Consider two other remarks on the public schools:

"But in too many schools, teachers don't have college majors, or even minors, in the subjects they teach."

"Today, too many of our schools are so old they're falling apart, or so overcrowded students must learn in trailers."

What did Clinton propose in response to this educational disaster? A combination of token reforms and measures of an outright reactionary character. Among the former were after school and summer school programs for a mere 1 million students, $200 million to "help the states turn around their failing schools," and funds to build or modernize 5,000 schools. Among the latter were the promotion of charter schools and a requirement that states and school districts close down their "worst performing" schools.

Here are some other conditions raised in the course of Clinton's speech: the lack of child care, the lack of paid family leave, the victimization of patients by HMOs, the lack of medical insurance for millions of working families, the impact of factory closures and layoffs, the "devastation" of family farms.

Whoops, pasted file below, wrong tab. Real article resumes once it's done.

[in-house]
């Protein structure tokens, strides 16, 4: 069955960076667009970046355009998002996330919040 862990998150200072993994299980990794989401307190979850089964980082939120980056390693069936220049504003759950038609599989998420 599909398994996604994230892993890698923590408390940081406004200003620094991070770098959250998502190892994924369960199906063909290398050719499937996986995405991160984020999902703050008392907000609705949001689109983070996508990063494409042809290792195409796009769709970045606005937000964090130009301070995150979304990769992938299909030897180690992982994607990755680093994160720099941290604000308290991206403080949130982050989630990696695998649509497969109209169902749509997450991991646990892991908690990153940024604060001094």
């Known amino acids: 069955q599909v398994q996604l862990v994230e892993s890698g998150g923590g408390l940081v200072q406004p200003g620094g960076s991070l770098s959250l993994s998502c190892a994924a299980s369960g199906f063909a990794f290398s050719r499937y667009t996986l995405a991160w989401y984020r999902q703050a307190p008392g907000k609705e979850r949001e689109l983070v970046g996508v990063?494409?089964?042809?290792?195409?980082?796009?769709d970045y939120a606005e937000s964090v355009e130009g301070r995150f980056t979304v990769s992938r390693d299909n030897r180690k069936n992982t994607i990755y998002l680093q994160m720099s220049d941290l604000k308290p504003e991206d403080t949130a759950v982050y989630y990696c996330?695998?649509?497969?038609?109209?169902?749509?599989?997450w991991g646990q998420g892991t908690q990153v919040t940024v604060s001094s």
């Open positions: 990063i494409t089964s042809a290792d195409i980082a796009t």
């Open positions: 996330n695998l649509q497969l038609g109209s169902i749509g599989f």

To top off this grim picture of social reality there was Clinton's reference to "the deadly cycle of drugs and crime," and a mention of the recent wave of public school shootings in such places as Jonesboro, Paducah, Pearl, Edinboro and Springfield.

Thus the State of the Union address amounted to an unwitting acknowledgment that America faces huge social problems, for which neither Clinton nor any other representative of the bourgeoisie has any answers.

The general direction of their policy was indicated most clearly in those parts of Clinton's speech where he appealed to American chauvinism, hailed last summer's bomb attack on Afghanistan and the December air war against Iraq, and threatened greater military interventions in the period ahead. It is significant that, despite the political warfare between Clinton and the Republicans, both sides of the aisle erupted in applause when Clinton threatened trade war measures against Japan over steel imports.

For all its wealth, American capitalism is incapable of addressing the mounting social crisis at home, or advancing a progressive solution to the deepening economic crisis internationally. It is riven by social antagonisms, which are the ultimate source of the breakdown of its political institutions.